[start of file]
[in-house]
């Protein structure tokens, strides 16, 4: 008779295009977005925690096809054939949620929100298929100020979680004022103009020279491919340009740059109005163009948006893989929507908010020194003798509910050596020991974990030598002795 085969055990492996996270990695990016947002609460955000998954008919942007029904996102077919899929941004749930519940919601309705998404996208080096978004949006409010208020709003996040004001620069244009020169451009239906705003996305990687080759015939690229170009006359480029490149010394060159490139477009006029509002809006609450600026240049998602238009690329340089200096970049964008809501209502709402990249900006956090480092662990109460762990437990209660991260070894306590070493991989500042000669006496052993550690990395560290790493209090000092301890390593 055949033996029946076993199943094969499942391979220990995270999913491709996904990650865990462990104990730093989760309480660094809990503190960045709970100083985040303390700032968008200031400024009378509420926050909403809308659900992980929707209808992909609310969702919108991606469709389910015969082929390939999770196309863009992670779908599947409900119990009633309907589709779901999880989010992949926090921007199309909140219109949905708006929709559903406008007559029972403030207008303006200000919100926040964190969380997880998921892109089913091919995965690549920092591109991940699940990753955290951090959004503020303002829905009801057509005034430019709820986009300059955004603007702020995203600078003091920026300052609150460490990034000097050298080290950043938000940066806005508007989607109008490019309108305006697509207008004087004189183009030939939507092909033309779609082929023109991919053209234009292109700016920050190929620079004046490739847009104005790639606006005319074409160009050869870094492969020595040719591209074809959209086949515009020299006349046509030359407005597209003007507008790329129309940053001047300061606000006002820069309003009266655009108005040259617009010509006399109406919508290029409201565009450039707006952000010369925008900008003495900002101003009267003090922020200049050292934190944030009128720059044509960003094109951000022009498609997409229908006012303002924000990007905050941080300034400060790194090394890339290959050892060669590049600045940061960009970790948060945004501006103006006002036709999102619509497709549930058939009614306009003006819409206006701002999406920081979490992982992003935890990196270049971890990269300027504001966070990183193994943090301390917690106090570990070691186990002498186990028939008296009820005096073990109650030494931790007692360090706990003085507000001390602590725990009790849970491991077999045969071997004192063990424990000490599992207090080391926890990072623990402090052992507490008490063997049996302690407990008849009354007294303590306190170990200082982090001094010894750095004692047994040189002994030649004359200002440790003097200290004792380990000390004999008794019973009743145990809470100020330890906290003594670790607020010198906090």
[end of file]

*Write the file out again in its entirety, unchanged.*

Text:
[in-house]
């Protein structure tokens, strides 16, 4: 008779295009977005925690096809054939949620929100298929100020979680004022103009020279491919340009740059109005163009948006893989929507908010020194003798509910050596020991974990030598002795 085969055990492996996270990695990016947002609460955000998954008919942007029904996102077919899929941004749930519940919601309705998404996208080096978004949006409010208020709003996040004001620069244009020169451009239906705003996305990687080759015939690229170009006359480029490149010394060159490139477009006029509002809006609450600026240049998602238009690329340089200096970049964008809501209502709402990249900006956090480092662990109460762990437990209660991260070894306590070493991989500042000669006496052993550690990395560290790493209090000092301890390593 055949033996029946076993199943094969499942391979220990995270999913491709996904990650865990462990104990730093989760309480660094809990503190960045709970100083985040303390700032968008200031400024009378509420926050909403809308659900992980929707209808992909609310969702919108991606469709389910015969082929390939999770196309863009992670779908599947409900119990009633309907589709779901999880989010992949926090921007199309909140219109949905708006929709559903406008007559029972403030207008303006200000919100926040964190969380997880998921892109089913091919995965690549920092591109991940699940990753955290951090959004503020303002829905009801057509005034430019709820986009300059955004603007702020995203600078003091920026300052609150460490990034000097050298080290950043938000940066806005508007989607109008490019309108305006697509207008004087004189183009030939939507092909033309779609082929023109991919053209234009292109700016920050190929620079004046490739847009104005790639606006005319074409160009050869870094492969020595040719591209074809959209086949515009020299006349046509030359407005597209003007507008790329129309940053001047300061606000006002820069309003009266655009108005040259617009010509006399109406919508290029409201565009450039707006952000010369925008900008003495900002101003009267003090922020200049050292934190944030009128720059044509960003094109951000022009498609997409229908006012303002924000990007905050941080300034400060790194090394890339290959050892060669590049600045940061960009970790948060945004501006103006006002036709999102619509497709549930058939009614306009003006819409206006701002999406920081979490992982992003935890990196270049971890990269300027504001966070990183193994943090301390917690106090570990070691186990002498186990028939008296009820005096073990109650030494931790007692360090706990003085507000001390602590725990009790849970491991077999045969071997004192063990424990000490599992207090080391926890990072623990402090052992507490008490063997049996302690407990008849009354007294303590306190170990200082982090001094010894750095004692047994040189002994030649004359200002440790003097200290004792380990000390004999008794019973009743145990809470100020330890906290003594670790607020010198906090």